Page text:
Navigating the male-dominated world of Jiu-Jitsu as a woman

Jiu-jitsu is a martial art that originated in Japan, and emphasizes grappling and ground fighting techniques. It is often referred to as the “gentle art” because it does not require the use of striking techniques. Despite its reputation for being a gentle art, Jiu-jitsu is a highly competitive sport, and is dominated by men. Women who practice Jiu-jitsu face many unique challenges, from lack of representation to gender-based stereotypes. In this article, we will explore the history of women in Jiu-jitsu, the challenges they face, and the strategies they can use to overcome the gender gap. We will also discuss the benefits of practicing Jiu-jitsu as a woman, and highlight some inspiring success stories.

Women have been practicing Jiu-jitsu for many years, but have been largely overlooked in the mainstream. In the early days, women were primarily relegated to teaching roles, while men were allowed to compete in tournaments. However, in recent years, there has been a shift towards gender equality in Jiu-jitsu, with women being increasingly represented in competitions and tournaments.

Despite the recent progress, there are still many challenges that women face in Jiu-jitsu. One of the biggest challenges is the lack of representation. Many tournaments and competitions are still dominated by men, and women often feel overlooked and undervalued. In addition, women are often subject to gender-based stereotypes, such as being seen as “less capable” or “less serious” about their training. Women also report feeling unsupported in the Jiu-jitsu community, as there are often very few female coaches or mentors. Lastly, women often report feeling unwelcome in certain gyms, as some spaces are not designed with the female body in mind.

In order to overcome the gender gap in Jiu-jitsu, women can take several steps to build their confidence and assert their presence in the sport. One of the most important steps is to establish an identity. Women should take the time to define who they are as a practitioner and make their presence known in the Jiu-jitsu community. It is also important to prioritize self-care, as training can be physically and mentally demanding. Women should also focus on developing resilience, as this will help them to stay focused and motivated in the face of challenges. Finding a mentor or coach who can provide guidance and support is also essential. Lastly, it is important to speak up and make your voice heard, as this helps to create an inclusive and supportive environment for all practitioners.

Practicing Jiu-jitsu as a woman has many benefits. It can help to increase self-confidence, as women learn to trust in their own abilities and rely on their own strength. Physically, women can benefit from increased strength and endurance. Mentally, Jiu-jitsu can be a great way to manage stress and improve overall mental health. Finally, there is a great sense of accomplishment that comes with mastering this martial art.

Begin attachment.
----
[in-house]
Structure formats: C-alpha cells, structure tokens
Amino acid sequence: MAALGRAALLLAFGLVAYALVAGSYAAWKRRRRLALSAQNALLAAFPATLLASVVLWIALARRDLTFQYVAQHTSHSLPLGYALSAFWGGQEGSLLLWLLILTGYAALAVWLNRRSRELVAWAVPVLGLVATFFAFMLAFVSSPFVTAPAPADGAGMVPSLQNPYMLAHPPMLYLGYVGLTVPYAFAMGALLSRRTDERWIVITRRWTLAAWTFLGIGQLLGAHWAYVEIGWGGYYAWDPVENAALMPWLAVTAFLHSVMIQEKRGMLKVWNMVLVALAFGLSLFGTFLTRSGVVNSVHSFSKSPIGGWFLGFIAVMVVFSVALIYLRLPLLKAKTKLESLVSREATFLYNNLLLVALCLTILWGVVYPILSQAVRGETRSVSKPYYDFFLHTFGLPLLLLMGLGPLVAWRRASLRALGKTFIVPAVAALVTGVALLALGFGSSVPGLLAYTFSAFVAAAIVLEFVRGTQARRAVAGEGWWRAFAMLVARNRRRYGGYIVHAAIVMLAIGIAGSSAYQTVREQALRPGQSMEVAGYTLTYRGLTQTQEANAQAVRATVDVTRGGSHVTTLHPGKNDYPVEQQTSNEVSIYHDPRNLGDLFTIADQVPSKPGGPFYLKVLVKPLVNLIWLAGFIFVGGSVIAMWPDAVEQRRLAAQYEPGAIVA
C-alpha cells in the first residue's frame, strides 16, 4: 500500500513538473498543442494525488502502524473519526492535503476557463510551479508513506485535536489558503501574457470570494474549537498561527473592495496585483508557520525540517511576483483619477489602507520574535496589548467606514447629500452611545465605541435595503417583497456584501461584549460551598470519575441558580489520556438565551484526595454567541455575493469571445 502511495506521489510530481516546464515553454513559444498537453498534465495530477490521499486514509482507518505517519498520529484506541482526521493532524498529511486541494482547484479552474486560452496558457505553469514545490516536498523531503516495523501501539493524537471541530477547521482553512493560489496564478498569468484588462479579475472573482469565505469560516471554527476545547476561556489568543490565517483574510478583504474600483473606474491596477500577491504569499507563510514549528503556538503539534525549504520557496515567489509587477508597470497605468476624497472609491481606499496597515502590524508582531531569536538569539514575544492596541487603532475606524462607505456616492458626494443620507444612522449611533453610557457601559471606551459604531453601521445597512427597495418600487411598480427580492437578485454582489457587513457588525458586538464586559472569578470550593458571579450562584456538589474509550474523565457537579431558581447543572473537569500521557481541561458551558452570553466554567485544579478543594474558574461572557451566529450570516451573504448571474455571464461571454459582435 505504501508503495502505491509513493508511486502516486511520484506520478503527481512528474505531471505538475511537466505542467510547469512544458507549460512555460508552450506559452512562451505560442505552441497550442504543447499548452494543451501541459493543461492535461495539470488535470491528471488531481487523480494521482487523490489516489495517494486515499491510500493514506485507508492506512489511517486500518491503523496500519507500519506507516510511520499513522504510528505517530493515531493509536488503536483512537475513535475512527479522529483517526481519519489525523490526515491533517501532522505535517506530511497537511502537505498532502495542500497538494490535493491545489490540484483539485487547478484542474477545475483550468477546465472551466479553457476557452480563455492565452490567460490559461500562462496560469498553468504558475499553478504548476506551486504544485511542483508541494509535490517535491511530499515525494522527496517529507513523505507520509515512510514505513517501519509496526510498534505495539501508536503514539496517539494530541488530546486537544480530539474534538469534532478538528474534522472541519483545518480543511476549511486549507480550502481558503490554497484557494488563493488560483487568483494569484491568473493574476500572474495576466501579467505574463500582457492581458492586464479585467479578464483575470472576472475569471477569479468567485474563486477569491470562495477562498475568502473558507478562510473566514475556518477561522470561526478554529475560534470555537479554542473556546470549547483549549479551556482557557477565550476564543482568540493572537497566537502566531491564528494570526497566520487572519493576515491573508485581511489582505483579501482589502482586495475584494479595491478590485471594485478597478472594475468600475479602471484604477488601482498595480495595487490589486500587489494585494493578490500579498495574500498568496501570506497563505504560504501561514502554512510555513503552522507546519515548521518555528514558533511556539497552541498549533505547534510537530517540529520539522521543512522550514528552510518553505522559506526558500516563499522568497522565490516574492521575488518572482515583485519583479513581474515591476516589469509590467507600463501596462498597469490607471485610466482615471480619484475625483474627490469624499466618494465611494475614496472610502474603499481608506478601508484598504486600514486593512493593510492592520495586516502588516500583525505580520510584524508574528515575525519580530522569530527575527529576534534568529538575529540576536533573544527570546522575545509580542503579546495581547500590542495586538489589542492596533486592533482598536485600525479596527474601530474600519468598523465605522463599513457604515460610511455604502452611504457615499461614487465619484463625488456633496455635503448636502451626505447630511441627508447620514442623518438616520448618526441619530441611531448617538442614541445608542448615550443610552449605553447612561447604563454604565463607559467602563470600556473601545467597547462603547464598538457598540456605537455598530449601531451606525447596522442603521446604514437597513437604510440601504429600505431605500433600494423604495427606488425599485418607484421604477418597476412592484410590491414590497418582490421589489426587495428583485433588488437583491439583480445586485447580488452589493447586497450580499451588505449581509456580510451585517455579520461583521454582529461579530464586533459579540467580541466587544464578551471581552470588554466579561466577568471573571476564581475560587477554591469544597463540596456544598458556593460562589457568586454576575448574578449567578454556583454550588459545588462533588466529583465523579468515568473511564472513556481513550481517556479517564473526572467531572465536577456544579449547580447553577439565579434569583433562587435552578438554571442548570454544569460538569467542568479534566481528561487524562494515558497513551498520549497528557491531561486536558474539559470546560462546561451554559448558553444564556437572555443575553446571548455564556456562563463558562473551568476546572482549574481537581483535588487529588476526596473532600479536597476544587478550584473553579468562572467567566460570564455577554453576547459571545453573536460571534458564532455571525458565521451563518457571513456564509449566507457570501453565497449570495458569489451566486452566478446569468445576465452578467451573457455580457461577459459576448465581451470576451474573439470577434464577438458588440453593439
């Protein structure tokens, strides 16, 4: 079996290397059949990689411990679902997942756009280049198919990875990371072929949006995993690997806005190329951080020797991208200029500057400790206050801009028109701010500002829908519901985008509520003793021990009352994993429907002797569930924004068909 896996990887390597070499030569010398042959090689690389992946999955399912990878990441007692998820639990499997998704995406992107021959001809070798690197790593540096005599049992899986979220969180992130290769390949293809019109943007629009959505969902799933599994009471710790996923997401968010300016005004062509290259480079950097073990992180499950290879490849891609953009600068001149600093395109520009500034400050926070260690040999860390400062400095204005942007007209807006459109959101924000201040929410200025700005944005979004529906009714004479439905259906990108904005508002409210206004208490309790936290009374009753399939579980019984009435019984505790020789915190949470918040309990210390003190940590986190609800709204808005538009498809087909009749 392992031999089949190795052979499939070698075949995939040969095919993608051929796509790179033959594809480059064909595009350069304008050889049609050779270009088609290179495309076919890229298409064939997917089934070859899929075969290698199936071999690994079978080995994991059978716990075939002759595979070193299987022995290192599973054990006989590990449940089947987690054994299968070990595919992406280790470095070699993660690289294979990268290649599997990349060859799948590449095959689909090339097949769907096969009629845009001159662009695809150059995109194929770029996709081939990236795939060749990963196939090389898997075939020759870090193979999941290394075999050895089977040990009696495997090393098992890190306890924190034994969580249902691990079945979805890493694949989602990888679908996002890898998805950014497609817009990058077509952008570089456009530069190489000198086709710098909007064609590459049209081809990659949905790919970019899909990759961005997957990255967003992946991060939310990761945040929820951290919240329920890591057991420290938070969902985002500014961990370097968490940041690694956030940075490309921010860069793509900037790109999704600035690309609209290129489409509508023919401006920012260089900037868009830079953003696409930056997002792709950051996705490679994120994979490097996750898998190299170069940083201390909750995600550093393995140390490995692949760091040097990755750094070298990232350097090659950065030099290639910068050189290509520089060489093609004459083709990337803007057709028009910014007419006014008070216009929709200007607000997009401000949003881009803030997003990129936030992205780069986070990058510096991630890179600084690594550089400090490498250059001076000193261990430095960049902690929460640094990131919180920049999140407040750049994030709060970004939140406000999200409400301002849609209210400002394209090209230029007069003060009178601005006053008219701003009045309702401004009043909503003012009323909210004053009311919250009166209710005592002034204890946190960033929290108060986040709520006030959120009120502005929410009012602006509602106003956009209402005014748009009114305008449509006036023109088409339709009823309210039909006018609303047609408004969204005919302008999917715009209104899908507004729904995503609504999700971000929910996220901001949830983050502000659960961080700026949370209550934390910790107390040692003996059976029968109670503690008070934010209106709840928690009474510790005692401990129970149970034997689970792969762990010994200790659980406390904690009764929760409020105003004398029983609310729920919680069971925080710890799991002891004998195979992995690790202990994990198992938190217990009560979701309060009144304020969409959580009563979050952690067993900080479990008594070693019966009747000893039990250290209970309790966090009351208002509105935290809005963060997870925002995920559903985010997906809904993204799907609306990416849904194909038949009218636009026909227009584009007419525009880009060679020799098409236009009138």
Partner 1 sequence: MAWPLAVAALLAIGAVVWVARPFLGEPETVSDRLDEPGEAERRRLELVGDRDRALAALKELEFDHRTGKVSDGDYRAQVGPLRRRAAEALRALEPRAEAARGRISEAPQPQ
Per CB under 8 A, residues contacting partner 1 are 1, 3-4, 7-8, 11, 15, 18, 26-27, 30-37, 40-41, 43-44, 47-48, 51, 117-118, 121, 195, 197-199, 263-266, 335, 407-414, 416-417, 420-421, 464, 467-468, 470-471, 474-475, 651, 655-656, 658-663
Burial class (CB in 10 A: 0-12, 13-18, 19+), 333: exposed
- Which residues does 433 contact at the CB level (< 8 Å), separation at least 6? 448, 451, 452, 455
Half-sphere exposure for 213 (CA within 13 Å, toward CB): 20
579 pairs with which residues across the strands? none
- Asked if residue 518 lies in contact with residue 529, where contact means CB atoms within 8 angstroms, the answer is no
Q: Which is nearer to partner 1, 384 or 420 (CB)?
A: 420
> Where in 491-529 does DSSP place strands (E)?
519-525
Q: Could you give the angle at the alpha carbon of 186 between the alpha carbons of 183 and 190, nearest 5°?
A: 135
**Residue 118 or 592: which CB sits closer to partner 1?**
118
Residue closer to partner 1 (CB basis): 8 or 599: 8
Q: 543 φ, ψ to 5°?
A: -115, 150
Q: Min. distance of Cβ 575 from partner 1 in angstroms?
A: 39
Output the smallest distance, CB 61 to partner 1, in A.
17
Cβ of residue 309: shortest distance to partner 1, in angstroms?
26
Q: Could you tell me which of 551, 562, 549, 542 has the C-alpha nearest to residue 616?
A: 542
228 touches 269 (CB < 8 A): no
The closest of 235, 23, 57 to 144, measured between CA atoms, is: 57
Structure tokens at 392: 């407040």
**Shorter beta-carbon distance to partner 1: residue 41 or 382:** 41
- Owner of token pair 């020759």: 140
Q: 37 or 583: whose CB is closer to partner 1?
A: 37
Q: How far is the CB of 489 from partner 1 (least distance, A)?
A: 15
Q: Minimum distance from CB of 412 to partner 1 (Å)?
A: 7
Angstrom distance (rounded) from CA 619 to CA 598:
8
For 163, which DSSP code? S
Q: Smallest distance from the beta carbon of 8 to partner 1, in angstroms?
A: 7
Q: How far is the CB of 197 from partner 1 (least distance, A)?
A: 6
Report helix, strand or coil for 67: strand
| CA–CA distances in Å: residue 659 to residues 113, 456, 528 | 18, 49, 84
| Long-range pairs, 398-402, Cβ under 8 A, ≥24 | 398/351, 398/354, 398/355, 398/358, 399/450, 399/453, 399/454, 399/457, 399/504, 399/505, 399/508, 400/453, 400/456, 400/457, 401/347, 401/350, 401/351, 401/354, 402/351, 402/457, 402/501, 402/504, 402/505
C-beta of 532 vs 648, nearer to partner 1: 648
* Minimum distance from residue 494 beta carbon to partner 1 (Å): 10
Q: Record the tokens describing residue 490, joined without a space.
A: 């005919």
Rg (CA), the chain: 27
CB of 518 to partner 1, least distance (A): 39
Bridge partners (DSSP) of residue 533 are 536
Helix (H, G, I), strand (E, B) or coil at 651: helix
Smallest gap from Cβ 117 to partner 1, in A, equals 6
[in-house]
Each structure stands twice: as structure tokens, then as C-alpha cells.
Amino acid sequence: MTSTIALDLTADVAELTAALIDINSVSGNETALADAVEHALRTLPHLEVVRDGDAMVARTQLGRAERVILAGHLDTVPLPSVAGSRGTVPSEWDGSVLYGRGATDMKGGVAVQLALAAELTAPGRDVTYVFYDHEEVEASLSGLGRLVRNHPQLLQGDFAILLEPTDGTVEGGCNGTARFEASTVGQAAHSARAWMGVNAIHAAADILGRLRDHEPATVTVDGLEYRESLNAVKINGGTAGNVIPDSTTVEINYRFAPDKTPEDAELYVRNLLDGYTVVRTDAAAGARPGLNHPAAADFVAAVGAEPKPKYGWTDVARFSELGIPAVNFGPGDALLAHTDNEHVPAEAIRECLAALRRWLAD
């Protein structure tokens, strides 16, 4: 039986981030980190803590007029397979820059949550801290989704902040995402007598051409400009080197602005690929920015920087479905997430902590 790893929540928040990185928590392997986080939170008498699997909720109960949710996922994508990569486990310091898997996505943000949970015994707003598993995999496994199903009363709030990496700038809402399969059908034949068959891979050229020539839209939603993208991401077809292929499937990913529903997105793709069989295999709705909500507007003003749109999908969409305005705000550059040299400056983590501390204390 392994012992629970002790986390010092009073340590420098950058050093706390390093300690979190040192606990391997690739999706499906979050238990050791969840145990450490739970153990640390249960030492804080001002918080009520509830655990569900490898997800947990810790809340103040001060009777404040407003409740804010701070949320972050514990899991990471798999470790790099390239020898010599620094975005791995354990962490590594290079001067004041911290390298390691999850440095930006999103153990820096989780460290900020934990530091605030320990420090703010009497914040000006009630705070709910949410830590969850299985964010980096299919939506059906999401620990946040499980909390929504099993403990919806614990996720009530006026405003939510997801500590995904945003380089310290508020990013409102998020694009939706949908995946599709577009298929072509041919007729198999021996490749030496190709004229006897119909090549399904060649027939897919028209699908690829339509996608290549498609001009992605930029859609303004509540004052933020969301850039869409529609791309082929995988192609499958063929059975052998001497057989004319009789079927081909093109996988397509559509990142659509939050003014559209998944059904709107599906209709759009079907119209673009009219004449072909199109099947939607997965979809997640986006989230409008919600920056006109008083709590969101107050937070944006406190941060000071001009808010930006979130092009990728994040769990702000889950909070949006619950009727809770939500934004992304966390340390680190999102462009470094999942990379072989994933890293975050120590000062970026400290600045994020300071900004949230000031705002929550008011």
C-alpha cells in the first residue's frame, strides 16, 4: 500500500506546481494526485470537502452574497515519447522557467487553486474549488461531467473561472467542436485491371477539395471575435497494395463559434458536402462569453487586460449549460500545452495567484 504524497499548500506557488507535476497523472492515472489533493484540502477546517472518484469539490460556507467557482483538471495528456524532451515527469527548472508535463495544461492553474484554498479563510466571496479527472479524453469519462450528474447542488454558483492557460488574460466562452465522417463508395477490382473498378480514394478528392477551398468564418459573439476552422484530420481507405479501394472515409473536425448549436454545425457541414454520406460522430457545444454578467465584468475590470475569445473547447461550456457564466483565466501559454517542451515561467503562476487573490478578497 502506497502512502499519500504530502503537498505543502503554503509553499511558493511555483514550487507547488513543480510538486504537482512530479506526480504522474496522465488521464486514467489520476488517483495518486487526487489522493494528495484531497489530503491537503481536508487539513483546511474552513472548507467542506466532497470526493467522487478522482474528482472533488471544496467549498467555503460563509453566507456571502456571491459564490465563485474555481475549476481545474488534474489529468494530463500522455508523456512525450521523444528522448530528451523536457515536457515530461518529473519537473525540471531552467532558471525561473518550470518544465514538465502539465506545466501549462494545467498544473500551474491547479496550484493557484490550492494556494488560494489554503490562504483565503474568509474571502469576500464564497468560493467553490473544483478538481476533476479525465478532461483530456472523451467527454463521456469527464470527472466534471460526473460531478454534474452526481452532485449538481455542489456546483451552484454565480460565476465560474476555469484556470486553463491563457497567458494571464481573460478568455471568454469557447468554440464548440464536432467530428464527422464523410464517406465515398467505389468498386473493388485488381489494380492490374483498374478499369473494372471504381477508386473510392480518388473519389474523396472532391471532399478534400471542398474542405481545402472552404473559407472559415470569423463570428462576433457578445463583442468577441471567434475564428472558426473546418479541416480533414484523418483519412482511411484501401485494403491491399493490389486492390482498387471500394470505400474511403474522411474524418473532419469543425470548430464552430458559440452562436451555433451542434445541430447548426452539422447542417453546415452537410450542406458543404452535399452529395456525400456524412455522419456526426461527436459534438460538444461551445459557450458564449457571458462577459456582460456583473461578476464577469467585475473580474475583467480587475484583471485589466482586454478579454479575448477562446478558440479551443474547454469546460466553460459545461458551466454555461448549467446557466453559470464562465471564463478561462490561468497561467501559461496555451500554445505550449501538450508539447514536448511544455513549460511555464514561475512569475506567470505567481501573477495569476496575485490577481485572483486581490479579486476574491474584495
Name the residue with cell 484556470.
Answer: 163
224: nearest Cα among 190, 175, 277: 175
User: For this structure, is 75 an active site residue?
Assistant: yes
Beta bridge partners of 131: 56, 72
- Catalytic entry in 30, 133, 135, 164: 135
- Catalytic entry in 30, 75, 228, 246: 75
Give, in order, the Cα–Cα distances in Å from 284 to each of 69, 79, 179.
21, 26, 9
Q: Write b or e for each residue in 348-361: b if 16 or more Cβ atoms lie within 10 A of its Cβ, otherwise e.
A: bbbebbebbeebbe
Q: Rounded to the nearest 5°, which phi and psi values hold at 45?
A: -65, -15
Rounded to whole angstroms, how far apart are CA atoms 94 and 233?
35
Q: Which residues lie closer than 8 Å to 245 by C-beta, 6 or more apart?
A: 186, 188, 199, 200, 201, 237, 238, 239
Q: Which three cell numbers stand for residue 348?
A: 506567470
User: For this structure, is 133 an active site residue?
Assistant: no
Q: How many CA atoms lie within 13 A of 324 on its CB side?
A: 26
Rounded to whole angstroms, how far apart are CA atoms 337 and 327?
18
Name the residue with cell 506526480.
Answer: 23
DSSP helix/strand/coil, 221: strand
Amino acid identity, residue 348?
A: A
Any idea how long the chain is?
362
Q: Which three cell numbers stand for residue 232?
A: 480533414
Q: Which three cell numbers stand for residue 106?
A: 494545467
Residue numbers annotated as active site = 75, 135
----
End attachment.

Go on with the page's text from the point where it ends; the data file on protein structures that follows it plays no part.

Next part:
There are many inspiring success stories of women who have achieved greatness in the world of Jiu-jitsu. One example is Livia Gluchowska, a black belt and two-time world champion who is also an advocate for women in the sport. Another example is Tayane Porfirio, a black belt who has won multiple world championships and is a role model for young women in the sport. Finally, there is Mackenzie Dern, a black belt and six-time world champion who is a pioneer in the sport and an advocate for women’s empowerment.

Navigating the male-dominated world of Jiu-jitsu as a woman can be a difficult and daunting task. However, with determination and perseverance, women can overcome the gender gap and reap the many benefits that come with mastering this martial art. Women should take the time to establish their identity, prioritize self-care, find a mentor, and speak up in order to create an inclusive and supportive environment for all practitioners. By doing so, they can become successful competitors and role models for young women in the sport.


Gluchowska, L. (2018, October 03). How Livia Gluchowska is Killing it in the World of Jiu-Jitsu. Retrieved from

Porfírio, T. (2020, July 21). Tayane Porfírio – The Phenomenon of Women’s Jiu-Jitsu. Retrieved from

Dern, M. (2020, April 25). Mackenzie Dern: The Pioneer of Women’s Jiu-Jitsu. Retrieved from

Questions and Answers

Can Brazilian Jiu-Jitsu help me feel safe and empowered?

Absolutely! Brazilian Jiu-Jitsu is an awesome way for women to learn how to protect themselves, and it can be incredibly empowering. Not only will you learn how to defend yourself, but you’ll also gain physical strength, confidence, and a newfound sense of safety.

What’s the *cutest* body type for jiu jitsu?

Why, an Ectomorph body type of course! Ectomorphs are super cute and perfect for jiu jitsu!

Is 40 a bit too late to start learning jiu jitsu?

Not at all! We’ve seen so many examples of martial artists who started learning jiu jitsu in their 40s, 50s, and even 60s. For example, the famous chef Anthony Bourdain started training when he was 58 years old! So definitely not – you’re never too old to start learning!

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